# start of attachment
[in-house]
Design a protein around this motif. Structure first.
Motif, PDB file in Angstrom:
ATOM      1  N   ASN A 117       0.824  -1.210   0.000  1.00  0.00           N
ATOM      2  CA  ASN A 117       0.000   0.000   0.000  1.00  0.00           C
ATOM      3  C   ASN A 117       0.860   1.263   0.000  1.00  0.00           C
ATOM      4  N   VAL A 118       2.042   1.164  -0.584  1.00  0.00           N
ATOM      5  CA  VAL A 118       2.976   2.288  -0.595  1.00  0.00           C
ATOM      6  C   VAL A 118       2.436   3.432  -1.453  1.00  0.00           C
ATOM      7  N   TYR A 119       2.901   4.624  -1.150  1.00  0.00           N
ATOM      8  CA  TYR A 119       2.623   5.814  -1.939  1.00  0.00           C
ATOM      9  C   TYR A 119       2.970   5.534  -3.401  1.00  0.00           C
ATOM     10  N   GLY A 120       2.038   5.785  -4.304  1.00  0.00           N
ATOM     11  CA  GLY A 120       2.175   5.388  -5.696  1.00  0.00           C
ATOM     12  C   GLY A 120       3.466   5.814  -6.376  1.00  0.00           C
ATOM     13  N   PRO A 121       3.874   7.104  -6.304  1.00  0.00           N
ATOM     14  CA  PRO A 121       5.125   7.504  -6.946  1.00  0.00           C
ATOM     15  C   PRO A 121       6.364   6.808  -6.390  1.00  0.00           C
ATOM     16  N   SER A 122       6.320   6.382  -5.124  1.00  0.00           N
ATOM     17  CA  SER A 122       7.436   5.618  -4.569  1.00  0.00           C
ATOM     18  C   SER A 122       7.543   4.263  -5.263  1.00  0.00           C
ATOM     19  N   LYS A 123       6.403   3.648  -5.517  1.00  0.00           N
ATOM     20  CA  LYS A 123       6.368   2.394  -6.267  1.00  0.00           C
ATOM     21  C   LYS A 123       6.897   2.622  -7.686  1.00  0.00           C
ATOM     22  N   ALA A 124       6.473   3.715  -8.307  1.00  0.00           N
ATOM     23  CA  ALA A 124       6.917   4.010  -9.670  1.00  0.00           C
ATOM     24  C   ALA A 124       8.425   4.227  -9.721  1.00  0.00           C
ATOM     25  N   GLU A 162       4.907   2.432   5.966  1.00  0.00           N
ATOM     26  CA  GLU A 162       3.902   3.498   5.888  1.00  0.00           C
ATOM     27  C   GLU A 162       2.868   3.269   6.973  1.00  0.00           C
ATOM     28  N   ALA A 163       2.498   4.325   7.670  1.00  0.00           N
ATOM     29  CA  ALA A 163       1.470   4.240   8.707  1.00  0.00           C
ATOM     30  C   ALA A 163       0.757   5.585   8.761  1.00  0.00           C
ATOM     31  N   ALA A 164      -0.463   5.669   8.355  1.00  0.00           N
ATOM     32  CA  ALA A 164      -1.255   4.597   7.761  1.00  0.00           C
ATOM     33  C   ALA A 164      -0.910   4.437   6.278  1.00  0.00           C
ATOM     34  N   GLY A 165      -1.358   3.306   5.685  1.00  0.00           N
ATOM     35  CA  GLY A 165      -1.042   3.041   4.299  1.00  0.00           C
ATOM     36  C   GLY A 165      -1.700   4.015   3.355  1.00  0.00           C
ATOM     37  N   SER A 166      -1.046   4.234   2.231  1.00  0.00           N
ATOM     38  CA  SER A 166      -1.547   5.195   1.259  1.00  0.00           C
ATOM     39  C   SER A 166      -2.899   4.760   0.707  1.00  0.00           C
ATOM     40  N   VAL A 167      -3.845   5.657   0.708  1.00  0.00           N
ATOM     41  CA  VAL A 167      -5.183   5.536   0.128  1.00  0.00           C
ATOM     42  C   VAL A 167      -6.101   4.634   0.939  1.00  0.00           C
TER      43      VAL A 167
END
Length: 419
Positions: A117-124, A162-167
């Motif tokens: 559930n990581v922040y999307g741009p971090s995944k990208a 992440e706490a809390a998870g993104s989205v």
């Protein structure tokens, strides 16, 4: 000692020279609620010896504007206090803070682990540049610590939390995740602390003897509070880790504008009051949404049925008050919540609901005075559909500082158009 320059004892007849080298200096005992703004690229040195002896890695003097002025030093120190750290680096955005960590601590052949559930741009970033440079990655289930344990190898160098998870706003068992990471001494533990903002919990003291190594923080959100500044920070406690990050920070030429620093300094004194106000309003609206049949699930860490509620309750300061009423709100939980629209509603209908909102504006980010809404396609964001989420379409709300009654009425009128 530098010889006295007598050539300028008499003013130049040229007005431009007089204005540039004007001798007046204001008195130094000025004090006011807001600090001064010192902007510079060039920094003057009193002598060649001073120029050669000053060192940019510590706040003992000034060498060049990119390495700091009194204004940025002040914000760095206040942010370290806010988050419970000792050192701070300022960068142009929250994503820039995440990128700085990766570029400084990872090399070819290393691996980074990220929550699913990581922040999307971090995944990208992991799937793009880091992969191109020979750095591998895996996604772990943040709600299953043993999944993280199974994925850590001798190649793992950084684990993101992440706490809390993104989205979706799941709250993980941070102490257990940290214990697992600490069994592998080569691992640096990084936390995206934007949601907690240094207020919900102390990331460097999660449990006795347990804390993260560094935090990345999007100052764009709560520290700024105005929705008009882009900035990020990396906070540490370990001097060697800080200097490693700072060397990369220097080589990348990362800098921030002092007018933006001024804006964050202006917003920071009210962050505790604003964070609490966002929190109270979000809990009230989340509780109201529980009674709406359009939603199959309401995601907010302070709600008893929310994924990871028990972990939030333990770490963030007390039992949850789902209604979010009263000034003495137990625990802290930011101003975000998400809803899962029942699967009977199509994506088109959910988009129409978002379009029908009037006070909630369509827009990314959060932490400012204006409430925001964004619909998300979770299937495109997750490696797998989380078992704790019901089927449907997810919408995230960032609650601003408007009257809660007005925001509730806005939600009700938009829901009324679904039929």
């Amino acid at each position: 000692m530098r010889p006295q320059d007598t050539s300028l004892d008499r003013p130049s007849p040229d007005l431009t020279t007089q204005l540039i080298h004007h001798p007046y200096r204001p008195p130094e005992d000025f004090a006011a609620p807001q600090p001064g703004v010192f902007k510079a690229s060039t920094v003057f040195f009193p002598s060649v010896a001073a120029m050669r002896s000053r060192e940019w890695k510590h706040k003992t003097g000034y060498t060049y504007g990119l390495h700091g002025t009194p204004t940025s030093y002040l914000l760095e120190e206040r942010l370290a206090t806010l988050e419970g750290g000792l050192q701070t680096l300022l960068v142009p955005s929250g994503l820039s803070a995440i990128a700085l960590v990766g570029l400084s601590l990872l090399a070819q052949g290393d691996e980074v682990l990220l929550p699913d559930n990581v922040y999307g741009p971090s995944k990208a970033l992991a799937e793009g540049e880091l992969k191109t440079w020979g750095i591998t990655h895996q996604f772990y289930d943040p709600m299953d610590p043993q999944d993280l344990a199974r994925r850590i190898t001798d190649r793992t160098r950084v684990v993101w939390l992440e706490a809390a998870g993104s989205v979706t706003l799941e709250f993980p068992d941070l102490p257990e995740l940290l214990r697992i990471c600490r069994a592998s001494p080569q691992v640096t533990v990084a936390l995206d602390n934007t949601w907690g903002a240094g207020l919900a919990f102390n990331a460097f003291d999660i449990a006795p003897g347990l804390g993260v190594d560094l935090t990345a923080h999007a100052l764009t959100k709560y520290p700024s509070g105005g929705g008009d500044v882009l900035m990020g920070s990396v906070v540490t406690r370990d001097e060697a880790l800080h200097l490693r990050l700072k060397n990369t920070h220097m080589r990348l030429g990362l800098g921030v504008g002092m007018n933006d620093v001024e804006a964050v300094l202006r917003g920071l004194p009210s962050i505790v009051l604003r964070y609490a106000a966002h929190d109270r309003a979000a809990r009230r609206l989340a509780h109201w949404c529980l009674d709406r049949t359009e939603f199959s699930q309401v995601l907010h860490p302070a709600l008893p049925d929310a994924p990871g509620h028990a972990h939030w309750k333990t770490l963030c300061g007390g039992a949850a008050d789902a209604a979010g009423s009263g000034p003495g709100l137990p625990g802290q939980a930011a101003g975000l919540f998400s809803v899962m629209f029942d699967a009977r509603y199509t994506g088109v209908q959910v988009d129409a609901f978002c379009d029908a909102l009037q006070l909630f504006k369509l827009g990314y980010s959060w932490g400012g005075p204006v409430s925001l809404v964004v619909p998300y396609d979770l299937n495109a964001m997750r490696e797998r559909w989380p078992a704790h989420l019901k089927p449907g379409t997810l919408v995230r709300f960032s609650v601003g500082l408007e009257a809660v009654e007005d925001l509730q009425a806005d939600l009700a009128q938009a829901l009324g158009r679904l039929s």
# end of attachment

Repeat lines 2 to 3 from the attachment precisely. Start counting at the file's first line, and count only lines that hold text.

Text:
Design a protein around this motif. Structure first.
Motif, PDB file in Angstrom: